Not only does he act like Clatoo isn't important enough to remember by sight,
but Mapes tries to stare him down with his cold hard eyes. And, surprise,
surprise: Clatoo isn't having any of it.
"Get a gun if you want to
Mr. Clatoo," Jameson said. "I won't get a gun."
you better shut up," Clatoo said. "People with guns speak first here
she made you the leader?" Mapes asked Clatoo.
even look at him. And there ain't nothing a white man hate more than for a
n***** not to look at him when he speak to him. (9.180-4)
Sometimes, a struggle
for power doesn't have to be as obvious as fifteen guys with shotguns hanging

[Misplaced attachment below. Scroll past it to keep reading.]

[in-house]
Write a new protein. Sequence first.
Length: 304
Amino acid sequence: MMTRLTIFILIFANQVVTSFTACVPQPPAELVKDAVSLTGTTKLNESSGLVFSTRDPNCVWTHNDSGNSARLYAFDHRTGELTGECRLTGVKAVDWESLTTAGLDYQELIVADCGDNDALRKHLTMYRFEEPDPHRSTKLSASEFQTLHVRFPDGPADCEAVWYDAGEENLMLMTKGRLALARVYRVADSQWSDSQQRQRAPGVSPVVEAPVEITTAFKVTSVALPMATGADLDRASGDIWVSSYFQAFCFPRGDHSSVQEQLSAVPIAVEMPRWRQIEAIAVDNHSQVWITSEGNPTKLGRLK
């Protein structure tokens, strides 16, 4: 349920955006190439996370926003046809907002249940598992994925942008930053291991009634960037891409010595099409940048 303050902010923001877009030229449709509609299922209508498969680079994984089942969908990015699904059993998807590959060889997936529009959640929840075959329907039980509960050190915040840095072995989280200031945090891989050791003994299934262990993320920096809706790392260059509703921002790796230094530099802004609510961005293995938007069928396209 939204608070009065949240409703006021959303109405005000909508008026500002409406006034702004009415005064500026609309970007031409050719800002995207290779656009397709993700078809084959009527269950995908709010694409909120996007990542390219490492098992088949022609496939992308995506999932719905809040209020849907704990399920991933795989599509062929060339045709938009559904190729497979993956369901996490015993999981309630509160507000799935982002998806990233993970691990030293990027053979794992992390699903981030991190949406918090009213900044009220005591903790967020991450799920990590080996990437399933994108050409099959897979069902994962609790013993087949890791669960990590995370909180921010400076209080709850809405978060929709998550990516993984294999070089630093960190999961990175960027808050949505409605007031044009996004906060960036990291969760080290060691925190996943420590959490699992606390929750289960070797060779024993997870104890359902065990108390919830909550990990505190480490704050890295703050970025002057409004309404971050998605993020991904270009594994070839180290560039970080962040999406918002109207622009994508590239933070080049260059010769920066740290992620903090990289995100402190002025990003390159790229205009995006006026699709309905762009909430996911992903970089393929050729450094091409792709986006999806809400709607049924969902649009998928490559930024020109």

out near a porch. Sometimes, it's as simple as a quick answer and a glance to
prove you're not afraid.
But we had all gathered around Charlie. Mathu knelt down 'side
him and raised his head out of the dust. They had really got him. Right in the
belly. He laid there like a big old bear looking up at us. He was trying to say
something, but it never came out. He kept on looking at us, but after a while
you could tell he wasn't seeing us no more. I leaned over and touched him,
hoping some of that stuff he had found back there in the swamps might rub off
on me. After I touched him, the rest of the men did the same. Then the women,
even Candy. Then Glo told her grandchildren they must touch him, too. (19.41)
Along with being a
beautiful farewell (we know we got a little choked up), this touching of
Charlie's body represents each person there taking a little bit of the power
that Charlie's last stand symbolized, and making it their own.